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able amongst appears attained attendant attendants bear become body called character circumstances conduct considered continued course danger death Desgenettes desire disease duty effect especially exercise experience fact feeling give hand heart honour hope human important individual influence interest Italy judgment kind knowledge labours learned least lectures less letter living look manner Marx matter means medicine mental merely mind moral nature never object observations obtained once opinion origin patient perhaps persons physical physician Pinel poor position possessed practice practitioner present principles profession professional Professor question reason received regard relations remarks remedies respect result says sick society sometimes speak success suffering things thought tion treatment true truth University writings young
Страница 332 - Oh how unlike the complex works of man, Heaven's easy, artless, unencumber'd plan ! No meretricious graces to beguile, No clustering ornaments to clog the pile ; From ostentation, as from weakness, free, It stands like the cerulean arch we see, Majestic in its own simplicity. Inscribed above the portal, from afar Conspicuous as the brightness of a star, Legible only by the light they give, Stand the soul-quickening words — BELIEVE, AND LIVE.
Страница 329 - Hippomolgian strays, Renown'd for justice and for length of days ; ' Thrice happy race ! that, innocent of blood, From milk, innoxious, seek their simple food : Jove sees delighted ; and avoids the scene Of guilty Troy, of arms, and dying men : No aid, he deems, to either host is given, While his high law suspends the powers of Heaven.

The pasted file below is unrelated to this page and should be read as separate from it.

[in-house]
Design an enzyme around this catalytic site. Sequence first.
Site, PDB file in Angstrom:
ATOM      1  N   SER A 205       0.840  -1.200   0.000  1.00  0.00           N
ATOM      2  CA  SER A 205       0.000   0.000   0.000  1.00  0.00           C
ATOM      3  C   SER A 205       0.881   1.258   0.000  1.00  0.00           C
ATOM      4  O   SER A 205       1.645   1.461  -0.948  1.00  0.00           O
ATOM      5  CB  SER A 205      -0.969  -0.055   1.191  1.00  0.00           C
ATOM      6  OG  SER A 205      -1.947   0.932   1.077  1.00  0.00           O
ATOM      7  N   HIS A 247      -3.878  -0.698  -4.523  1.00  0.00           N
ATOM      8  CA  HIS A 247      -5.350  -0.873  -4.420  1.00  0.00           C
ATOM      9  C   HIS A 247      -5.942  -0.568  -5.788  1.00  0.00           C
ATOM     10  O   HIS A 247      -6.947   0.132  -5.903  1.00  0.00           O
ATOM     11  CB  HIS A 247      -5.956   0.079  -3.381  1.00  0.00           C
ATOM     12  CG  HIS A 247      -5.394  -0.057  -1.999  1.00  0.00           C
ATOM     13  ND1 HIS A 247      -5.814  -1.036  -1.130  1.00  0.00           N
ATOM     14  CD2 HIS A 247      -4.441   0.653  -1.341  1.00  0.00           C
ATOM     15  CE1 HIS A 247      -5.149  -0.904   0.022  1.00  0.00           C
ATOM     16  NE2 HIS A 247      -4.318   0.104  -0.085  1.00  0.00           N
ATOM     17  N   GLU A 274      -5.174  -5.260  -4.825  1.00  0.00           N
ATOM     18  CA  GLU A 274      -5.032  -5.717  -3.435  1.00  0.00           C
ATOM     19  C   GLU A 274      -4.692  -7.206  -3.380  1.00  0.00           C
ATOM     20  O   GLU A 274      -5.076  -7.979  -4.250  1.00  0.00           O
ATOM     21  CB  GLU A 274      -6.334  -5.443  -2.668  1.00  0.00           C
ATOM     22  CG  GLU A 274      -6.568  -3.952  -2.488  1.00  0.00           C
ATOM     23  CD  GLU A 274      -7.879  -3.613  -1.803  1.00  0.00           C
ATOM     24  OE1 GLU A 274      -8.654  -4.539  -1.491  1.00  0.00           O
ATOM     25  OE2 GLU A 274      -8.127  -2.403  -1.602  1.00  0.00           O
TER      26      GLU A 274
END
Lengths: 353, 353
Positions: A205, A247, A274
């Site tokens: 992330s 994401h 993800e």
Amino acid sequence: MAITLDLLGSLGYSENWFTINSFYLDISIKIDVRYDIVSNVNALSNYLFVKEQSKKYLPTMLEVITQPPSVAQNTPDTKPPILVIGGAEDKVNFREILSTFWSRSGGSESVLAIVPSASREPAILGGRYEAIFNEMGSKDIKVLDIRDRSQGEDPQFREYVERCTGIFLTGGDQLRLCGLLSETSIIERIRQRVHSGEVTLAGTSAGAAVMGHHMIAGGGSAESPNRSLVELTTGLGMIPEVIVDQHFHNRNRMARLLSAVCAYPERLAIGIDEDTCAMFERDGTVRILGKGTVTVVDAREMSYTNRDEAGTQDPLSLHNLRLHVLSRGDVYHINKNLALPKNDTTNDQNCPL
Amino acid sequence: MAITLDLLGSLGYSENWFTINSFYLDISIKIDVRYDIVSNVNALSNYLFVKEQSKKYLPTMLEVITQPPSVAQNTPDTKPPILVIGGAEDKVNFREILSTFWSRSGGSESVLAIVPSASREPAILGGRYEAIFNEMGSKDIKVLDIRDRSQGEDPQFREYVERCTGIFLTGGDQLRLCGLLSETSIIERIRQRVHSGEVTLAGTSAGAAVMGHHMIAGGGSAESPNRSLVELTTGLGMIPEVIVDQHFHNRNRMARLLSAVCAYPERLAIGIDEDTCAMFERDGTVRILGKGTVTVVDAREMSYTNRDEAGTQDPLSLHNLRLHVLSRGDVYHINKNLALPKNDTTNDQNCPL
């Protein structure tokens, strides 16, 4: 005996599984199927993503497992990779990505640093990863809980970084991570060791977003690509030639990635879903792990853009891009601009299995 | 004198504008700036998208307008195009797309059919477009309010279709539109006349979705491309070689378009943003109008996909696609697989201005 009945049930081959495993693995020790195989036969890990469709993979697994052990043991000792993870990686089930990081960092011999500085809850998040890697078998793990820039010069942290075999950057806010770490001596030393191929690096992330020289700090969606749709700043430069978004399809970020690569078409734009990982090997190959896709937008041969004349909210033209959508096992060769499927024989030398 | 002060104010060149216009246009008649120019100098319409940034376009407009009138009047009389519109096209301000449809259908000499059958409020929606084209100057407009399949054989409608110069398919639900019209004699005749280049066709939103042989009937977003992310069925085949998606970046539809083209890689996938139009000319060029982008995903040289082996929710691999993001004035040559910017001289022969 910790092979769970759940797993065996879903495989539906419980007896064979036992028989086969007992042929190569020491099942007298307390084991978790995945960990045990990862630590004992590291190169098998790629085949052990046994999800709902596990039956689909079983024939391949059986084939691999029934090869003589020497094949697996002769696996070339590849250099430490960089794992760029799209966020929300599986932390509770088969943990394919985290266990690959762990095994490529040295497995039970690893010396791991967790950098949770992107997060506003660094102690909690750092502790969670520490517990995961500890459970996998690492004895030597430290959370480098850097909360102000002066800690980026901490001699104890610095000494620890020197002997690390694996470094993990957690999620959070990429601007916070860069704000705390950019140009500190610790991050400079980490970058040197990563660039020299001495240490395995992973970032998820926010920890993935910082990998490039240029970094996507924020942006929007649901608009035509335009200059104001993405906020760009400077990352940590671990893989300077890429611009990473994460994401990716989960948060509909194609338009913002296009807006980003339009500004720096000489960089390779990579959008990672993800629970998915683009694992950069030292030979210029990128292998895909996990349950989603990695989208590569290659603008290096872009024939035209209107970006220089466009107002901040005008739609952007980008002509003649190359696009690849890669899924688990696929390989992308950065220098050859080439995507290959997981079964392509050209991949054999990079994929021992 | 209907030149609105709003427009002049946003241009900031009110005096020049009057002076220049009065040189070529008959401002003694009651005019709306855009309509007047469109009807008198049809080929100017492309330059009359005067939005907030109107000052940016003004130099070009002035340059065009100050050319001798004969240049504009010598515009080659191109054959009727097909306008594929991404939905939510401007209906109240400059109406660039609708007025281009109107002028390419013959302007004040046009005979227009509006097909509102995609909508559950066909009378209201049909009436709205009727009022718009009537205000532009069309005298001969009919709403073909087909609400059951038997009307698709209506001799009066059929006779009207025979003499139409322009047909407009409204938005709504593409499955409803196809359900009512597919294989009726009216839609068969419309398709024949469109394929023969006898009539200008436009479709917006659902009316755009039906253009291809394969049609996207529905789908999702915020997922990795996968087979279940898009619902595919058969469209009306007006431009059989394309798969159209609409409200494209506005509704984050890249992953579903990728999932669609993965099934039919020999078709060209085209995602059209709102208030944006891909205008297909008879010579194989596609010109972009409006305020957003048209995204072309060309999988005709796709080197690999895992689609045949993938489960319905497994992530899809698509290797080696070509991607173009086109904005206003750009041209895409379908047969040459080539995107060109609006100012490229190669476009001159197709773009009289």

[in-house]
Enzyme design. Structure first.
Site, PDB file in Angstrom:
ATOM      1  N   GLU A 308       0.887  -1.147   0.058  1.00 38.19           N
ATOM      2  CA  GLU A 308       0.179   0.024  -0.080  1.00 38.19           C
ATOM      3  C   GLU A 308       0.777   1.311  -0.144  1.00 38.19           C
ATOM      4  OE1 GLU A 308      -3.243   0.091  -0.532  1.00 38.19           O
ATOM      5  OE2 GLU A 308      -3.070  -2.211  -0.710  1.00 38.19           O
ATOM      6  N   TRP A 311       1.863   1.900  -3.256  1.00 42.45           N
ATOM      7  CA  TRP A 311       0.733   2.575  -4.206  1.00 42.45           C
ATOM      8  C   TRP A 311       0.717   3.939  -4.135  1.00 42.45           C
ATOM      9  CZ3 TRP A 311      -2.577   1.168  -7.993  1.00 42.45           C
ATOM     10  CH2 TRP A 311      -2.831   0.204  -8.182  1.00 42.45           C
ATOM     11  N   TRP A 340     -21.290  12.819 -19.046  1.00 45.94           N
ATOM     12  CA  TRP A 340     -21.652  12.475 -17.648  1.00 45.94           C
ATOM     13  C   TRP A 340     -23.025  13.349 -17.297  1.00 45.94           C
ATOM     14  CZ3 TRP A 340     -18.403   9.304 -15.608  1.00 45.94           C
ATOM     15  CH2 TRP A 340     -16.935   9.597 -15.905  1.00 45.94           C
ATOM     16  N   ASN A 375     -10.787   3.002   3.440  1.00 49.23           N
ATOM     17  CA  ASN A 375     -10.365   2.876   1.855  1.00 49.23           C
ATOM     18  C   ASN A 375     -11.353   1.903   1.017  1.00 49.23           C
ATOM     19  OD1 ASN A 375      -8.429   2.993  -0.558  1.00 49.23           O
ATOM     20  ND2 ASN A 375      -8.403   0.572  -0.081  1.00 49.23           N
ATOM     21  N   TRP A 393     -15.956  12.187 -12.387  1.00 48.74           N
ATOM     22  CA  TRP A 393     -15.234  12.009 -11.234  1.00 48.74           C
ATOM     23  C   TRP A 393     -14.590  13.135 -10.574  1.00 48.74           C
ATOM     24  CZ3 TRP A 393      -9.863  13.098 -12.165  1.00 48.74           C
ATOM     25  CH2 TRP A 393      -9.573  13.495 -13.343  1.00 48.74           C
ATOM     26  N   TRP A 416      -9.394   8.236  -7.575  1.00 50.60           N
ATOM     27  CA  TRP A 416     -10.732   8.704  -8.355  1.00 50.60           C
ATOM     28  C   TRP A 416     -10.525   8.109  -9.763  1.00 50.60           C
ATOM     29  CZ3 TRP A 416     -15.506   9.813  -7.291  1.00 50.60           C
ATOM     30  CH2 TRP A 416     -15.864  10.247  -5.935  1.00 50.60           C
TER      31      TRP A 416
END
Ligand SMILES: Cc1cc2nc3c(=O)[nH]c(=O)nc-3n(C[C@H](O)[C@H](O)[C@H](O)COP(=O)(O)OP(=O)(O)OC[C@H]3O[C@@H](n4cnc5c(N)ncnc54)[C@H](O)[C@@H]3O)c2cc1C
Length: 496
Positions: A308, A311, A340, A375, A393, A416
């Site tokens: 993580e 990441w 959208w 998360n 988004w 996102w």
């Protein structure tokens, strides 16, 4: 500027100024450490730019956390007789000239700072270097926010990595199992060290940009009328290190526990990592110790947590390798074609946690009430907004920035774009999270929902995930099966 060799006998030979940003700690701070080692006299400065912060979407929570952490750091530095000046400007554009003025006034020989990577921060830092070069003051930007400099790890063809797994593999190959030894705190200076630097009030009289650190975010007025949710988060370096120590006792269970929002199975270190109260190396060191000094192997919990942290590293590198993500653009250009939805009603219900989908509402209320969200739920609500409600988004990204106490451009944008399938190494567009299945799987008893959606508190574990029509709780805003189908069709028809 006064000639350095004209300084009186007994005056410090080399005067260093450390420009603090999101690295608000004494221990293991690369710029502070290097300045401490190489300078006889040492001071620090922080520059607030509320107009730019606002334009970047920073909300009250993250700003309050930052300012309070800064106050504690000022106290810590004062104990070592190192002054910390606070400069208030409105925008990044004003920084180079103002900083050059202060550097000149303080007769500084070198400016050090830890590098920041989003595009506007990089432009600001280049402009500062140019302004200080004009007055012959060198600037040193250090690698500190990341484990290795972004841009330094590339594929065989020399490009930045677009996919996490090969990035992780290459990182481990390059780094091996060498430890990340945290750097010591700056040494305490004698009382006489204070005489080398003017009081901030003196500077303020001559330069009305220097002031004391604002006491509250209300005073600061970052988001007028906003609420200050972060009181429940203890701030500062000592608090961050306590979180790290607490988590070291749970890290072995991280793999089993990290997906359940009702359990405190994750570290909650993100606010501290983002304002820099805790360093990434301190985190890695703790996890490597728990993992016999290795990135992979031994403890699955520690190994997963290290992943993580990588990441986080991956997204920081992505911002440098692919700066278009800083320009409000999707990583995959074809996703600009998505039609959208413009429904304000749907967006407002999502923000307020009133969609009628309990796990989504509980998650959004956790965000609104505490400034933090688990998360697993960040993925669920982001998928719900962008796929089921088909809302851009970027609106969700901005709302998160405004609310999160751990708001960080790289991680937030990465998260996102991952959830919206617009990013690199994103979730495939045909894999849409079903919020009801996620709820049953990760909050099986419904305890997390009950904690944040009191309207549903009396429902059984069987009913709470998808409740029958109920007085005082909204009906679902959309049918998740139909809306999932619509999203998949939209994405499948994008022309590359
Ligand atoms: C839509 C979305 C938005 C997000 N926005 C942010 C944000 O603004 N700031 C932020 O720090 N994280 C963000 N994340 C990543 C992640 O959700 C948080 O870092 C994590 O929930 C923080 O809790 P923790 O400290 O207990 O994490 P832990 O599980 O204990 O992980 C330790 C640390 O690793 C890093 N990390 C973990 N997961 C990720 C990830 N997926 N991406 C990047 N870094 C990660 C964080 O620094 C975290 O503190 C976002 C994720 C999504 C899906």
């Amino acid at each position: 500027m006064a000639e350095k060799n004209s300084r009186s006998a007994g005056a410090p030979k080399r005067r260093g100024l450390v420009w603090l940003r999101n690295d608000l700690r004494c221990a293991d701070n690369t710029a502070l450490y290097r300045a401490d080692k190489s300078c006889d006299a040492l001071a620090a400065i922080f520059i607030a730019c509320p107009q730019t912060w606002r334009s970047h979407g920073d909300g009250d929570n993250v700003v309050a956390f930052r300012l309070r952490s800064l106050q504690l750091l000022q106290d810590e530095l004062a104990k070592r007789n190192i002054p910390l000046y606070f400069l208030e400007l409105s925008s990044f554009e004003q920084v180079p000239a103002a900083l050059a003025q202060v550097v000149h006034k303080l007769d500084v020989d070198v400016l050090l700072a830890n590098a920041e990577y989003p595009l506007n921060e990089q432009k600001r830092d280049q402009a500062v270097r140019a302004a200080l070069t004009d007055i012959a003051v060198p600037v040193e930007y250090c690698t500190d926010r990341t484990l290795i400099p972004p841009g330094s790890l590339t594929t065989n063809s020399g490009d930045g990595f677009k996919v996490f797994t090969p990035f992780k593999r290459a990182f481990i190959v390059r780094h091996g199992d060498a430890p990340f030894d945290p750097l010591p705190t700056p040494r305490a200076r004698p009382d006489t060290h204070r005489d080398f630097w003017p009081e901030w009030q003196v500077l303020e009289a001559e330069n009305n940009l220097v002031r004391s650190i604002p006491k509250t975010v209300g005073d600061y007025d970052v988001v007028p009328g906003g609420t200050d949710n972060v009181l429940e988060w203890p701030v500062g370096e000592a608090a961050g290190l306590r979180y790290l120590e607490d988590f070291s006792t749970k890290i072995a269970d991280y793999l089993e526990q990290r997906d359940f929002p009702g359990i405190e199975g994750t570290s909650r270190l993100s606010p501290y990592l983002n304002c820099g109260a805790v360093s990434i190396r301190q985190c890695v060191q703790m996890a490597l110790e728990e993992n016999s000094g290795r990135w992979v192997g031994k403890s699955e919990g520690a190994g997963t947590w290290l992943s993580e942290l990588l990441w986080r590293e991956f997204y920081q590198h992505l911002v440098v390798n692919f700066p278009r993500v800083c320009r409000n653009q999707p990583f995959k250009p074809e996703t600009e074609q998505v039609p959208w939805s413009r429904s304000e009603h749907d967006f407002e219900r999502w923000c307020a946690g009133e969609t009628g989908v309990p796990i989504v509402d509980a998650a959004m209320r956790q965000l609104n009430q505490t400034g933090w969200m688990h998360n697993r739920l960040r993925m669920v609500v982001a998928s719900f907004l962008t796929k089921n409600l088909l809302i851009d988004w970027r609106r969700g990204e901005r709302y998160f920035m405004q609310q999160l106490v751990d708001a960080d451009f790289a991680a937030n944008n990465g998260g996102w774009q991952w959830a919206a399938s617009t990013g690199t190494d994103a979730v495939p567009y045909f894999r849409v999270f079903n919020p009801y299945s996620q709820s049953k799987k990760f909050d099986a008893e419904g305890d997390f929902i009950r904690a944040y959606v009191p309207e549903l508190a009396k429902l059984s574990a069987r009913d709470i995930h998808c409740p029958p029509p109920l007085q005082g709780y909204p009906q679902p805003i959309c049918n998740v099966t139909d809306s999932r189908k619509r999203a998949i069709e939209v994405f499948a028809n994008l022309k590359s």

Страница 66 - A wealthy physician should not give advice gratis to the affluent ; because his doing so is an injury to his professional brethren. The office of a physician can never be supported as an exclusively beneficent one ; and it is defrauding, in some degree, the common funds for its support, when fees are dispensed with which might justly be claimed.
Страница 198 - From his frequent excesses, he had been discharged from his corps, and he speedily dissipated his scanty means. Disgrace and misery so depressed him, that he became insane ; in his paroxysms, he believed himself a general, and fought those who would not acknowledge his rank. After a furious struggle of this sort, he was brought to the Bicetre in a state of great excitement.
Страница 309 - a should not think of God; I hop'd there was no need to trouble himself with any such thoughts yet. So 'a bade me lay more clothes on his feet. I put my hand into the bed and felt them, and they were as cold as any stone; then I felt...
Страница 196 - Towards the end of 1792, Pinel, after having many times urged the government to allow him to unchain the maniacs of the...
Страница 198 - Bicetre in a state of the greatest excitement. He had now been chained for ten years, and with greater care than the others, from his having frequently broken his chains with his hands only. Once when he broke loose, he defied all his keepers to enter his cell until they had each passed under his legs : and he compelled eight men to obey this strange command. Pinel, in his previous visits to him, regarded him as a man of original...
Страница 165 - ... others. For if such nostrum be of real efficacy, any concealment regarding it is inconsistent with beneficence and professional liberality ; and if mystery alone gave it value and importance, such craft implies either disgraceful ignorance or fraudulent avarice.
Страница 283 - I deny the lawfulness of telling a lie to a sick man, for fear of alarming him. You have no business with consequences ; you are to tell the truth. Besides, you are not sure what effect your telling him that he is in danger may have. It may bring his distemper to a crisis, and that may cure him. Of all lying, I have the greatest abhorrence of this, because I believe it has been frequently practised on myself.